You can create hard drive images for data recovery purposes with GetDataBack, DiskExplorer, or RAID Reconstructor. These images are raw sector-by-sector drive clones. They have the extension
.img if uncompressed, or
.imc if compressed. Please note that DriveImage XML images (
.xml) are NOT compatible with data recovery images.
1 Startup GetDataBack Pro
You see the drives available to you,
DISK0 with 954 GB and
DISK1 with 183 GB. If the drive you want to make the image of is not shown here, you need to check the cabling and eventually, your BIOS settings. If you do not get your drive to show up here, it might be too damaged.
2 Choose the drive to image
We want to image
DISK1, which is a 183 GB SD card. Make sure you have enough disk space available to store this amount of data. Right-click the tile for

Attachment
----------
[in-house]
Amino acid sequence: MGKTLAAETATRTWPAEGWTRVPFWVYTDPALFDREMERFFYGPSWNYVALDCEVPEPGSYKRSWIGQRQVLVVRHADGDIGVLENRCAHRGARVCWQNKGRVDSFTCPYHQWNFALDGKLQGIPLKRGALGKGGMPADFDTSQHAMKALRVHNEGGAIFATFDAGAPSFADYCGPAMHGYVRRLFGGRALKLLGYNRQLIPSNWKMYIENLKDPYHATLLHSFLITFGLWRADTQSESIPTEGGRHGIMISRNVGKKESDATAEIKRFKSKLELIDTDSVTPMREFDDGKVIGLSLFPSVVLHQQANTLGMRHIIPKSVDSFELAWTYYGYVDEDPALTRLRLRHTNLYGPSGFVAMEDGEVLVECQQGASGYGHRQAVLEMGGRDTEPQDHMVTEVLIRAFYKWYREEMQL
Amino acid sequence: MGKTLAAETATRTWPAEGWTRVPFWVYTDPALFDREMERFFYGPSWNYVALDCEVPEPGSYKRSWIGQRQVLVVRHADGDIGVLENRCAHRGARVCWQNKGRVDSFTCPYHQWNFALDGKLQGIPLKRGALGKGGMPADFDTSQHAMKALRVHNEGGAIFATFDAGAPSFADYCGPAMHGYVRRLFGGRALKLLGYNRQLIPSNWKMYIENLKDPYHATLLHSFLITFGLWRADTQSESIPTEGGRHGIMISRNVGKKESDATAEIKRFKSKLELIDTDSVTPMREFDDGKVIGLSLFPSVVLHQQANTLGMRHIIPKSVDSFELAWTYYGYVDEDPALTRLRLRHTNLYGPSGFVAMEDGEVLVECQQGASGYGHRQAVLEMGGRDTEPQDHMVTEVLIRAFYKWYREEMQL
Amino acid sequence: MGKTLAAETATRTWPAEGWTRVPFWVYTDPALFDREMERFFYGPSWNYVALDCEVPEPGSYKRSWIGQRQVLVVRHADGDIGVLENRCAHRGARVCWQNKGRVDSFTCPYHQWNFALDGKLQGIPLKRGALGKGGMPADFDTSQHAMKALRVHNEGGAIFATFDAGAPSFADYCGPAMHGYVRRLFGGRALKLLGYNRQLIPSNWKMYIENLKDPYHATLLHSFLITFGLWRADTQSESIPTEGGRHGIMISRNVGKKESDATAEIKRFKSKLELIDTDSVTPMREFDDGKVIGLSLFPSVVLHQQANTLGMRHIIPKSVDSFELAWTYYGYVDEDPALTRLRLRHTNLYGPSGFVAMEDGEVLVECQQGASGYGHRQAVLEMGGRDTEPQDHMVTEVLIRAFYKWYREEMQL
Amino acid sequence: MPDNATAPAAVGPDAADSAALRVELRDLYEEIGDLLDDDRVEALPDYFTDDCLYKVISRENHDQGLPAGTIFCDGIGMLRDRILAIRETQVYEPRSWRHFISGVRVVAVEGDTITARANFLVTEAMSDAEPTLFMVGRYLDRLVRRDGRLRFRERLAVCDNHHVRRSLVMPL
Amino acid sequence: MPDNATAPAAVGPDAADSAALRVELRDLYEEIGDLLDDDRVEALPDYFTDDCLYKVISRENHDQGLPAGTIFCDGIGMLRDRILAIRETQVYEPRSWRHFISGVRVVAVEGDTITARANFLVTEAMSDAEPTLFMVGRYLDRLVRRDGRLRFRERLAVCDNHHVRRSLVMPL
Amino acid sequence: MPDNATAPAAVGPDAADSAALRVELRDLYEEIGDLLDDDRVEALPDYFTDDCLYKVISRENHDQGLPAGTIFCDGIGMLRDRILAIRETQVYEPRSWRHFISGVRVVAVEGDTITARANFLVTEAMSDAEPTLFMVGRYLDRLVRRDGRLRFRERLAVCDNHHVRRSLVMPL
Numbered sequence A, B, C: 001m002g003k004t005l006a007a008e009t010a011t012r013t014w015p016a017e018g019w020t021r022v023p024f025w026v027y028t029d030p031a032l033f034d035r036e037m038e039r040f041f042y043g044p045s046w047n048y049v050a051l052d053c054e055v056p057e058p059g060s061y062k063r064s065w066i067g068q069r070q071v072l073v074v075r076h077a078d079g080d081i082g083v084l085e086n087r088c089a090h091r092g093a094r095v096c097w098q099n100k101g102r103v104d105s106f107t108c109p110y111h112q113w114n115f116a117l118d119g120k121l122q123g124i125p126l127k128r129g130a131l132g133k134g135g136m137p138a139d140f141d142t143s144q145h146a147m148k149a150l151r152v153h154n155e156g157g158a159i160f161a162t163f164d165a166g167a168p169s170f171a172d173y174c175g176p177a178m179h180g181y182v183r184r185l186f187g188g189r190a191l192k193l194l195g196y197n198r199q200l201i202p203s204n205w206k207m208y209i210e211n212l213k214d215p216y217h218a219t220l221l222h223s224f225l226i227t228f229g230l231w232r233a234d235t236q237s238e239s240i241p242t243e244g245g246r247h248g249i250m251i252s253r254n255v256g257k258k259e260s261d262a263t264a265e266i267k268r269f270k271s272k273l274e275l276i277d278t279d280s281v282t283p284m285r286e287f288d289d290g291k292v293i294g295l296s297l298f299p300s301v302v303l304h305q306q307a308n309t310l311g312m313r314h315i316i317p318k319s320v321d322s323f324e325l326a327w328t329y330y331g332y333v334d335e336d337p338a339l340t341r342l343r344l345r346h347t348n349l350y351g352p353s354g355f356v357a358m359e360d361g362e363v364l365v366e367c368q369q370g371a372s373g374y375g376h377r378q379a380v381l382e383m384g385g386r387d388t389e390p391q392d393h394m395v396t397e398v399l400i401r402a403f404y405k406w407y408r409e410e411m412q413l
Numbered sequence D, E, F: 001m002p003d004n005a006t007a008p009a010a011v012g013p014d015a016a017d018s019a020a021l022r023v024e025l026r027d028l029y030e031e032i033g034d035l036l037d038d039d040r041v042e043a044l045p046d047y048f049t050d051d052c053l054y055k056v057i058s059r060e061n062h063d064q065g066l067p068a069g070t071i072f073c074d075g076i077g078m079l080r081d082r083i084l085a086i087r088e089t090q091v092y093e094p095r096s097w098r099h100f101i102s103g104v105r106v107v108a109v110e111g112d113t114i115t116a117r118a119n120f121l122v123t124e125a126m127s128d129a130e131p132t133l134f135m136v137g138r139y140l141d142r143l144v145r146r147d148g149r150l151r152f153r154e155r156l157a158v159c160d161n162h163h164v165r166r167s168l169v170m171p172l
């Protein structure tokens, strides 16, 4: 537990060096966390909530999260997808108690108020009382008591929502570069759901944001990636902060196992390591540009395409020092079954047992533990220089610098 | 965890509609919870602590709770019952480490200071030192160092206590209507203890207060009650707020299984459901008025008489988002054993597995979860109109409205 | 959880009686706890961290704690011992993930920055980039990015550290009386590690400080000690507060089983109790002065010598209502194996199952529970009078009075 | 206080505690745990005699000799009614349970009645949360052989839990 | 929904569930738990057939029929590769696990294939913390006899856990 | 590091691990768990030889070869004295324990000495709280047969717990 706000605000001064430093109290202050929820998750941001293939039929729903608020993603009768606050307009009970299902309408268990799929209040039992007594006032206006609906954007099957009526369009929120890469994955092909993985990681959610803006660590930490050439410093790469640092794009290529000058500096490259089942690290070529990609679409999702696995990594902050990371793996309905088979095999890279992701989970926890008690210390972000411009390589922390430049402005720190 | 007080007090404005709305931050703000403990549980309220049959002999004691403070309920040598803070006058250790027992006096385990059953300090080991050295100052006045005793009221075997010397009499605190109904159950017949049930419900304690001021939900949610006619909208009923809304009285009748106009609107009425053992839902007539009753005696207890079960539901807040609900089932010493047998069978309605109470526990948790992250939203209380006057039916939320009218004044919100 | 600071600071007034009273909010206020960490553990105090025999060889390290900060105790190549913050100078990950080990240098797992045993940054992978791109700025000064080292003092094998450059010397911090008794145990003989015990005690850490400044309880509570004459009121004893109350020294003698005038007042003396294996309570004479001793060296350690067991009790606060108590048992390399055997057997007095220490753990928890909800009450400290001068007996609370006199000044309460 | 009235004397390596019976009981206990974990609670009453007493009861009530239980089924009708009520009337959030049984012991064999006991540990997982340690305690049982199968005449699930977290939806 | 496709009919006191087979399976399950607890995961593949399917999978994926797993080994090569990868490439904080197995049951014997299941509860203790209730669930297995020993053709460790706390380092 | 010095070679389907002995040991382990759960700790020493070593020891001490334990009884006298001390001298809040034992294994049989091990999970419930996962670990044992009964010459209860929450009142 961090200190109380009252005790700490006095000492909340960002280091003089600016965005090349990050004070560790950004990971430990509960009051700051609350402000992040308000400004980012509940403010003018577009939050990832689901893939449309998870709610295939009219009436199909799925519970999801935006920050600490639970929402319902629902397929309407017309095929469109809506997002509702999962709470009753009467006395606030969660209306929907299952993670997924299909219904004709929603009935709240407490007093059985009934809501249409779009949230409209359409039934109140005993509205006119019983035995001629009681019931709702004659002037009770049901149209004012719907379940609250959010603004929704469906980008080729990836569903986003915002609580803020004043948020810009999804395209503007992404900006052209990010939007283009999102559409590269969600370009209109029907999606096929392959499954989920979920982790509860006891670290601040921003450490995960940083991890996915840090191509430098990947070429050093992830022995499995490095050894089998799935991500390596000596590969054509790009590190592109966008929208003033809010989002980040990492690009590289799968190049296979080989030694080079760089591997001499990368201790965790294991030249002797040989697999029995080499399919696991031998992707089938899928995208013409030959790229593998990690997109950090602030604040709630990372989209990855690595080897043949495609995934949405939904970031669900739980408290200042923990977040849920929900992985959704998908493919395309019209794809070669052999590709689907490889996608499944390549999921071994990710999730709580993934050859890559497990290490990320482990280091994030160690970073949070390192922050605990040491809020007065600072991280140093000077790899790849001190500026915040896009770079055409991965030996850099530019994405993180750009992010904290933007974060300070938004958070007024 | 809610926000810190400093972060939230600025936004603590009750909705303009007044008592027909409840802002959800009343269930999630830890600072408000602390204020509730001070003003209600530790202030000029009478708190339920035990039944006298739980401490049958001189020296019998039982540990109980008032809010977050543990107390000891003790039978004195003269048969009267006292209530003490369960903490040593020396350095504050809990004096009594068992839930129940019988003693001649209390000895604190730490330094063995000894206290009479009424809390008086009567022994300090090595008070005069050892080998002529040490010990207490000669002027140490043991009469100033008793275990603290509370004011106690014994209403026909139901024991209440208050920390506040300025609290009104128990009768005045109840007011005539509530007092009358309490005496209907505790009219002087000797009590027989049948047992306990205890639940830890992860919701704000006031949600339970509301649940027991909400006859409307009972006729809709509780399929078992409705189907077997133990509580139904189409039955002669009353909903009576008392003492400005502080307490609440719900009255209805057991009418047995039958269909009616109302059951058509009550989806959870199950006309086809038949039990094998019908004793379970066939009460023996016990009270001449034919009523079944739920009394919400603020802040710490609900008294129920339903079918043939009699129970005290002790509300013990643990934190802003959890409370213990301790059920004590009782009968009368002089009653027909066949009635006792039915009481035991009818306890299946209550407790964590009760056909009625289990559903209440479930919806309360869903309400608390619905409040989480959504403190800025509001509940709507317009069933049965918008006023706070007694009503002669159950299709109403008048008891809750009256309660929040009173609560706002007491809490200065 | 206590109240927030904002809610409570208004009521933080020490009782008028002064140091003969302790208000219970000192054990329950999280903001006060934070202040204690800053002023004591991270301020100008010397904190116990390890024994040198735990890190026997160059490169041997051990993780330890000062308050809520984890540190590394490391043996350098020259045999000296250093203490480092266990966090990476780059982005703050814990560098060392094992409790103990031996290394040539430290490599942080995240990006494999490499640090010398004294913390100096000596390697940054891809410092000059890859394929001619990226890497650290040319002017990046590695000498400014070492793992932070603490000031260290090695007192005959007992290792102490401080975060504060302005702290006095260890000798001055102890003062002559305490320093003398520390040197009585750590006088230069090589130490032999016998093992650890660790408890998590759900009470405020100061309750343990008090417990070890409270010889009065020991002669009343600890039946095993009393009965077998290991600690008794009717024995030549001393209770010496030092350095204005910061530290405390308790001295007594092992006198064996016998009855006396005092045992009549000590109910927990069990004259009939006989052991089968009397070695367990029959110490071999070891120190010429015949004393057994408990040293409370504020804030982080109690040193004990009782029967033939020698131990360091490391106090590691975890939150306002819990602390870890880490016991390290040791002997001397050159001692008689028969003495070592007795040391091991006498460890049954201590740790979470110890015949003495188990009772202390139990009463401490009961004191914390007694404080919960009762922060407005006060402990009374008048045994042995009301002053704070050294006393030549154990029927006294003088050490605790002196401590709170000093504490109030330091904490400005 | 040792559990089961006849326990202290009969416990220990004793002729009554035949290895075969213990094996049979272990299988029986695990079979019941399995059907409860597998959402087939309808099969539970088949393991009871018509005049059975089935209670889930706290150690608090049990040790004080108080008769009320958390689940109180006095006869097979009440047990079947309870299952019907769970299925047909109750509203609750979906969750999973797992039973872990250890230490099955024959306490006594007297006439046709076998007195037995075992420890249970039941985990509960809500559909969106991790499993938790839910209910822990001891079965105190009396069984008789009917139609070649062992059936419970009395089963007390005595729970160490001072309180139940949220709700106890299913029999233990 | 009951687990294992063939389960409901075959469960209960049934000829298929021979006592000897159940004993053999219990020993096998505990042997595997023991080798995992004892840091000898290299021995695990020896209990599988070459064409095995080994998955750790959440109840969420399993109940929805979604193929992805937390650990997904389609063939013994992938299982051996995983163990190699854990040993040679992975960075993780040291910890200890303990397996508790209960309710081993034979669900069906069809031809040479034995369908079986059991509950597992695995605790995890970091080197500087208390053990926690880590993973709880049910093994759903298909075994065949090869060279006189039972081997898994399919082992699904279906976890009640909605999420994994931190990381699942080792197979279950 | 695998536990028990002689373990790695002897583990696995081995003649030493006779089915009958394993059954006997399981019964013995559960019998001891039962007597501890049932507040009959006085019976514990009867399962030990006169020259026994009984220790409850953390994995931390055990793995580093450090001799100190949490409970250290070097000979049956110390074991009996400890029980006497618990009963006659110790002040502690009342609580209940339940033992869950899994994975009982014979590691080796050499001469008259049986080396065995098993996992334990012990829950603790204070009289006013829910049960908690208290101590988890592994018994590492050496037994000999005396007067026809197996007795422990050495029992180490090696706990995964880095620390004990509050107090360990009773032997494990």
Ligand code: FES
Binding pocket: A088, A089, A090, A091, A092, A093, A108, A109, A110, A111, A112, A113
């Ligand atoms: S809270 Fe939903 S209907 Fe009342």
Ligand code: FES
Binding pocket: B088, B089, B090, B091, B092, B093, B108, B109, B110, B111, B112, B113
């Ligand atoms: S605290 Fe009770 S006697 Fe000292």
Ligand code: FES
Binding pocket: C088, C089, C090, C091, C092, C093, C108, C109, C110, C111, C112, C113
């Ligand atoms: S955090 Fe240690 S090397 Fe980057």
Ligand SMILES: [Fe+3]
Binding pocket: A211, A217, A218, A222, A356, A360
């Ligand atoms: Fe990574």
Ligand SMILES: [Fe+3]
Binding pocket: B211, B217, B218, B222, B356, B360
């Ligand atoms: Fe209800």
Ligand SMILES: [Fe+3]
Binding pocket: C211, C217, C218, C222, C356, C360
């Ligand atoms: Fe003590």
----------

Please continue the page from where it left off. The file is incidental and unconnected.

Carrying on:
DISK1 and click "Create image...".
3 Imaging dialog
In the dialog box you just opened, you see the "Source drive", the "Range" and the "Total to copy". The "Source" should be the drive you selected in the previous step. The "Range" is the entire drive. The "Total to copy" is the size of the drive.
Please choose a destination file. This file is where the image will be stored.
Warning Never copy the image to the drive you want to recover from.
Click the three dots to the right of the destination, and it will bring up a file browser. Once you selected a file name, you should select the "Multi file" checkbox. This option breaks the image into 650MB pieces, and if the drive is damaged, you will have at least a partial copy to work with.
Once this is done, click on "Start".
4 Image progress
After GetDataBack Pro has started to create the image, you can observe the progress in the status window. The amount of time it takes depends on the size and speed of the drive and how fast your computer is.
Take note of the "Read errors" counter, as it should stay at 0. If it doesn't, there is not much you can do about it, but it informs you about the presence of physical drive damage.
After completion, you will have one big file
C:\Users\..\Untitled.img, that contains all the drive's data. If you had chosen the "Multi file" option, you see many more files, all 650 MB, and named